DIRECTIVE SYSTEMS

"The Laboratory"

This is the area where we tweak various dish feeds and make preliminary adjustments to some of the smaller microwave antennas. This picture shows our 5 and 10 GHz dualband feed getting tuned up in fine style. It actually takes both test sets to accomplish this job effectively. The leftmost unit, an 8350B sweeper and 8656A network analyzer, are tuned to 10,368 MHz and measure 10 GHz return loss and port isolation simultaneously. The 8753D network analyzer on the right, is used for measuring the 5.7 GHz return loss of the feed, so that no unit needs to be reprogrammed or retuned during the test.

In the background, is our trusty 8970A Automatic Noise Figure tester. It can measure receiver performance from HF up to 26.5 GHz. The keyboard is used for annotating the screen while plots are being saved.

Another view of the same setup, showing the Dualband feed (DBFEED) in better detail. On the screen, you can just make out the isolation trace with the null sitting right at 10,368 MHz. The sweeper and network analyzer are both HPIB controllable, making testing much more accurate and effective. The HP Sweeper is quite accurate, and within 1 or 2 MHz of 10.368 GHz after a 1/2 hour warmup.

This shot was taken in the NEW and IMPROVED Directive Systems Laboratory. Actually, it is the first Directive Systems Laboratory, since there was no room for one before. The modified W5LUA feed operates on 5760 and 10,368 MHz at the same time. The two network analyzers have their own plotter to record the data to a hard copy. In addition, the newer HP (Agilent) 8753D has provisions for saving to disk or to a laserjet printer. Life is good! Not shown in the picture is a large storage area where stock is stored along with test antennas and associated equipment for measuring antennas outdoors on our test range. There is still some work required in the lab. Shelving for the lab benches and a small amateur radio station are planned.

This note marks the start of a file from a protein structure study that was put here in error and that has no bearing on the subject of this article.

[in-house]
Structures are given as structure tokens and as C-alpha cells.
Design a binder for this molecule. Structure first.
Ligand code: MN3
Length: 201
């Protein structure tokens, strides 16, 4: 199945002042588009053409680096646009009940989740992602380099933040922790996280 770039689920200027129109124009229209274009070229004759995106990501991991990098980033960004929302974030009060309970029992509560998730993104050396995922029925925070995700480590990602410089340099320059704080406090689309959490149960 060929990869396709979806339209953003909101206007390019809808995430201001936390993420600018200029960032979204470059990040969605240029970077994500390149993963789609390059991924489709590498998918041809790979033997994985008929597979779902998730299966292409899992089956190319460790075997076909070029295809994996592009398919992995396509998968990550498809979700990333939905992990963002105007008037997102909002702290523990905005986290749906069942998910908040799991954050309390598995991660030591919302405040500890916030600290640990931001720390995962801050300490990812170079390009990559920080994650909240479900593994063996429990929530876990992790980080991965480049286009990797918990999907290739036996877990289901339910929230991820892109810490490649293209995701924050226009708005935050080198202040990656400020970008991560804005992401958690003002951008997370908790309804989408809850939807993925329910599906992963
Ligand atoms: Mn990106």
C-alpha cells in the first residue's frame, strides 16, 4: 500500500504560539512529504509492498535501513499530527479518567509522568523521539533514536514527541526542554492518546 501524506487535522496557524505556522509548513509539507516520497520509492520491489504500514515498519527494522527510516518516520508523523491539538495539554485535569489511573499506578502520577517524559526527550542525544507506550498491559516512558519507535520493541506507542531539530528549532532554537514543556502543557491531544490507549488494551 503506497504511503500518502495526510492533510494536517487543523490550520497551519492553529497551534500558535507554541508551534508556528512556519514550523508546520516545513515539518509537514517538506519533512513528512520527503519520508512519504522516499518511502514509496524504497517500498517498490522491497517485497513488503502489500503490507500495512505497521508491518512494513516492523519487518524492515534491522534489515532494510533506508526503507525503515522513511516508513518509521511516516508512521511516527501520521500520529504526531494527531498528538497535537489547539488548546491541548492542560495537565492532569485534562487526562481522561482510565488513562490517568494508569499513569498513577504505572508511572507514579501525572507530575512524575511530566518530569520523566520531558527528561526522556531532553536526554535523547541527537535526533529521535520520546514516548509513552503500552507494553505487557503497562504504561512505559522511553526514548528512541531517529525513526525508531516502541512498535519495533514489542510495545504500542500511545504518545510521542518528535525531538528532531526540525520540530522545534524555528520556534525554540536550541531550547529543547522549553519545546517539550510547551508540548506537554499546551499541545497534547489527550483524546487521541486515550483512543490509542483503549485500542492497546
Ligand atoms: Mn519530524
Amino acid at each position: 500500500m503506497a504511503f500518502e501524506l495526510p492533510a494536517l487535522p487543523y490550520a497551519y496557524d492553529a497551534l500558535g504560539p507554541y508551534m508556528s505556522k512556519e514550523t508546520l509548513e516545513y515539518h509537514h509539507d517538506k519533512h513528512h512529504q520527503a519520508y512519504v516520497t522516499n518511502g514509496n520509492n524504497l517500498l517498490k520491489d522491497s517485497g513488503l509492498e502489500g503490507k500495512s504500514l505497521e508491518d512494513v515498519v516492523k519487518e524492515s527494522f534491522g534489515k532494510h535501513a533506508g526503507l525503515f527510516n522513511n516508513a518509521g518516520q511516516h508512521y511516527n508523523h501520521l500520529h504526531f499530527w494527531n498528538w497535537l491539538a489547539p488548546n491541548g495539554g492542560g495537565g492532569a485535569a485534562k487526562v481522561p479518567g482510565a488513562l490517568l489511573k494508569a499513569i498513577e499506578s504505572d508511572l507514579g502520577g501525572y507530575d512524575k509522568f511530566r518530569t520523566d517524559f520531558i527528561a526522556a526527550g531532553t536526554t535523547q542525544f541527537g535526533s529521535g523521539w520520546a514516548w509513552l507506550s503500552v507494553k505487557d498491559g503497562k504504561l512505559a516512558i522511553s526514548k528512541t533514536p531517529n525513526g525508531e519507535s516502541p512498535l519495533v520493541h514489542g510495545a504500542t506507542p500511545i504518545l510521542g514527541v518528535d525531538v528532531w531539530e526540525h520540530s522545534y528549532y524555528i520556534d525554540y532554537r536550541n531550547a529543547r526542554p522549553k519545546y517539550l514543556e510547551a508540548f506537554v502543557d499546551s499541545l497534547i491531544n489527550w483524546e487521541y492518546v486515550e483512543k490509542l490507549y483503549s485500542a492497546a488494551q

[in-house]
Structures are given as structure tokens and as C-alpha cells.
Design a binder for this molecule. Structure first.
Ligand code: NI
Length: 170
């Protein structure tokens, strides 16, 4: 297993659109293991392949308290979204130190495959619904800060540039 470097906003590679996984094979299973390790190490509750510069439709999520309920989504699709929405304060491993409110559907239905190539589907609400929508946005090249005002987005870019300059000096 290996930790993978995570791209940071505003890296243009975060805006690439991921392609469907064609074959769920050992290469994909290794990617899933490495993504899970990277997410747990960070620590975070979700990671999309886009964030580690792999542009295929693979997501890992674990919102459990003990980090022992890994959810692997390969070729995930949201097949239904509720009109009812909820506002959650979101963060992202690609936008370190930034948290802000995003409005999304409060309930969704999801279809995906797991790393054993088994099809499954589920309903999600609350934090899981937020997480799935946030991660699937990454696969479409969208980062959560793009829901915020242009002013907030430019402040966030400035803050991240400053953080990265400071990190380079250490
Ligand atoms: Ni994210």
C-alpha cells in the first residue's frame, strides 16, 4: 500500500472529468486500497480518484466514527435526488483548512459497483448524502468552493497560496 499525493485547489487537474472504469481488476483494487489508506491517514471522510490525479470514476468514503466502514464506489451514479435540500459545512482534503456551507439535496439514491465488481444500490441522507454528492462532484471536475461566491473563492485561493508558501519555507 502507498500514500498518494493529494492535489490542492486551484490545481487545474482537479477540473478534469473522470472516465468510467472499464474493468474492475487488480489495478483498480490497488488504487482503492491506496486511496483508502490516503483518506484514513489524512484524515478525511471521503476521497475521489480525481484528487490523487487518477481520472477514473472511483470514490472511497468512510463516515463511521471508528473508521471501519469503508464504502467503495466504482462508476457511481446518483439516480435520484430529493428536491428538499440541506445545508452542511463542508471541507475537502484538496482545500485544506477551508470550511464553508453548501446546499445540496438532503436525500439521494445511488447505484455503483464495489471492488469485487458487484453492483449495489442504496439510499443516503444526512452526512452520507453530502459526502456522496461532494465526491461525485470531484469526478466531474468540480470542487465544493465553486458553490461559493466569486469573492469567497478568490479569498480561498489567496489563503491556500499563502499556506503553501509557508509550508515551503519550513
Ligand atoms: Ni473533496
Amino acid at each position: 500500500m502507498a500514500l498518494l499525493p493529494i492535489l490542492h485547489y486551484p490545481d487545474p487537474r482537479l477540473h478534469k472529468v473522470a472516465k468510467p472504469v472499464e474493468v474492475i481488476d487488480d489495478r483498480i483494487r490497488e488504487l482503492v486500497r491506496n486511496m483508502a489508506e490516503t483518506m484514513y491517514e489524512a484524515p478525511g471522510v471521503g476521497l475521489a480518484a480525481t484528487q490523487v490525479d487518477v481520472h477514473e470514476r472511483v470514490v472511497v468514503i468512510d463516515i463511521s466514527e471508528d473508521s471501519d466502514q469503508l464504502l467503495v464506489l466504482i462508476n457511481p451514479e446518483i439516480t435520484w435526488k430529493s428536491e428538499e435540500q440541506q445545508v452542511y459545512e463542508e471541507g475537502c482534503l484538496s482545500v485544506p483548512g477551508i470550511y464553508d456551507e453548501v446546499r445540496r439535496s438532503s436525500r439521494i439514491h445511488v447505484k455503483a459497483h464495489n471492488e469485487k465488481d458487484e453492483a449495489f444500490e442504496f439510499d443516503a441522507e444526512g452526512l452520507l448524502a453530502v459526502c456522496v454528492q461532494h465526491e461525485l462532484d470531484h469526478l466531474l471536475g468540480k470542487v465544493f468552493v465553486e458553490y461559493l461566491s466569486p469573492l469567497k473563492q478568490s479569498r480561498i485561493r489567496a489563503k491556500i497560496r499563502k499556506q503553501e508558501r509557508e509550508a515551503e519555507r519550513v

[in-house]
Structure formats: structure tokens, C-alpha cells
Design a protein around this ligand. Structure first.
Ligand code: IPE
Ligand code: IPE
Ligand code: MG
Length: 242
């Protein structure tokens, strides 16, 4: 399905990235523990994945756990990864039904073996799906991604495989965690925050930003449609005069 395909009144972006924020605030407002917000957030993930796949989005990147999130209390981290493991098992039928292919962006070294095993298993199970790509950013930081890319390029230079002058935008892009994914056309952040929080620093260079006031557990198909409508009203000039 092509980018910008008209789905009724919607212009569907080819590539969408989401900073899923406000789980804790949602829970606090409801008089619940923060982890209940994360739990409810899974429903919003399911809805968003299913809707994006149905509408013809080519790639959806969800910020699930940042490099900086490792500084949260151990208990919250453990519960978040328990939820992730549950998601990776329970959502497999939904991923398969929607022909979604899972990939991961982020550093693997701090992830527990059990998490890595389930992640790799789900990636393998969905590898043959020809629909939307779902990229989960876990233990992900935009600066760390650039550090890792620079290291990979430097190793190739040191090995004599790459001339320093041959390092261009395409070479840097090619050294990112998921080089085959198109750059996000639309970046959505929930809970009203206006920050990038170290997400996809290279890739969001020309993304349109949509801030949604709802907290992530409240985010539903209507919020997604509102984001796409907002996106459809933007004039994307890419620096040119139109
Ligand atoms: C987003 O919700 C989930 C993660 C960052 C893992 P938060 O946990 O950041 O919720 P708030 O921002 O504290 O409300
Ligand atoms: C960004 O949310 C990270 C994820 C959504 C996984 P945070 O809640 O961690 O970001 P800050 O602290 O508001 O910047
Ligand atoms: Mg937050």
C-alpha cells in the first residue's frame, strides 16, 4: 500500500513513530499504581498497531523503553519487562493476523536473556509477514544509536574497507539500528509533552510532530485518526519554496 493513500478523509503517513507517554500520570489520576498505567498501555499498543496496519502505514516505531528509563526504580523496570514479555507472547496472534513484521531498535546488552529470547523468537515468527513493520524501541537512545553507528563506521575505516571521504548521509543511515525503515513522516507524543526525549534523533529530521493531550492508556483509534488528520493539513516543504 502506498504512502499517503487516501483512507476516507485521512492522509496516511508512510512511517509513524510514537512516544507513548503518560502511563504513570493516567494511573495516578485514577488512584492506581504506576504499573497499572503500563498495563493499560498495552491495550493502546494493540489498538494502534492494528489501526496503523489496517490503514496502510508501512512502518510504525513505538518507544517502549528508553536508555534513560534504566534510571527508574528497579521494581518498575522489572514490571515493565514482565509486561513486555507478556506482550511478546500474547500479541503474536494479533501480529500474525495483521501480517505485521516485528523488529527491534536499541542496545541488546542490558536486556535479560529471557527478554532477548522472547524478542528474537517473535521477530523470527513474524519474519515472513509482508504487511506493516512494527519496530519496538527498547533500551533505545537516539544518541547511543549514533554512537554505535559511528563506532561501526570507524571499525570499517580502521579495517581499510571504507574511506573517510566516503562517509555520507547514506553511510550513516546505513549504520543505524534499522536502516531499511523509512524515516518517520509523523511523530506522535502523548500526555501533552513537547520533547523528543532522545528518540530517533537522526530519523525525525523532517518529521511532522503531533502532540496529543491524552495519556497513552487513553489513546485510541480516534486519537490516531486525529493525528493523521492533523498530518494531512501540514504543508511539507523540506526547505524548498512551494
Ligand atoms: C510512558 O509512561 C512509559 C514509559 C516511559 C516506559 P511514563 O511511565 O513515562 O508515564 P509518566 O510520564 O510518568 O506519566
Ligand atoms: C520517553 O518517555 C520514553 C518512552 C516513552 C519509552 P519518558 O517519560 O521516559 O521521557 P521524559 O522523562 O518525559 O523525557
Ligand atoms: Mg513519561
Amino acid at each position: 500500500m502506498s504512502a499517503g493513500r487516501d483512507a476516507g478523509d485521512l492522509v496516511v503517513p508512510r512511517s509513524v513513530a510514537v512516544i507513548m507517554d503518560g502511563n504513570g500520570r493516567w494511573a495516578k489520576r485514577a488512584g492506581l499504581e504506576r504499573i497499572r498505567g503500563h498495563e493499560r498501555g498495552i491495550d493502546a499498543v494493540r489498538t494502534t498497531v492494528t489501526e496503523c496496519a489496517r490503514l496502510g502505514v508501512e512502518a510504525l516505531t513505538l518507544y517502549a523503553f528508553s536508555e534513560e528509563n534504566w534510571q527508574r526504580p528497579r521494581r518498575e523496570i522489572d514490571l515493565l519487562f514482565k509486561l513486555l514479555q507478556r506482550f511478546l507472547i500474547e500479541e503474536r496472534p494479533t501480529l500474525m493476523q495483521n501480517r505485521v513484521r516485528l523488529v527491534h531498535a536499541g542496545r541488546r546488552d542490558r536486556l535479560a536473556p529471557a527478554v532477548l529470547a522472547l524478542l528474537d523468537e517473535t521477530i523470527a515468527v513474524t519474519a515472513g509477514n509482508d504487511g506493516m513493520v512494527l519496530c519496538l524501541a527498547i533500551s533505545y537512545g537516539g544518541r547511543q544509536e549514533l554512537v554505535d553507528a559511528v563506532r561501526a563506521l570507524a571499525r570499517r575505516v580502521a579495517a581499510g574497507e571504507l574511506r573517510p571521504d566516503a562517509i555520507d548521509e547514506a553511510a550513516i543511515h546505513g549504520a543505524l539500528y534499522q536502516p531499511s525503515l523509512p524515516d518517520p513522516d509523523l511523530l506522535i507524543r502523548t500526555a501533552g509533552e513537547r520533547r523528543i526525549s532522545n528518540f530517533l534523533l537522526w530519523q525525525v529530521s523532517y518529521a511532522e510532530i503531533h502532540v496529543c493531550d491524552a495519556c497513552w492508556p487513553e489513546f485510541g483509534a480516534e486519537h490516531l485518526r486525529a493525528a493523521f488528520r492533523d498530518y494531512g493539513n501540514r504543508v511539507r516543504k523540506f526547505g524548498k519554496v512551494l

"BAD FOR BUSINESS"

OR

WHY WE TRY TO KEEP THE BEAGLES OUT OF THE SHOP

We have tried to train them to make power dividers, but, so far, their results will not pass our VSWR tests!! They also try to drink the solder flux.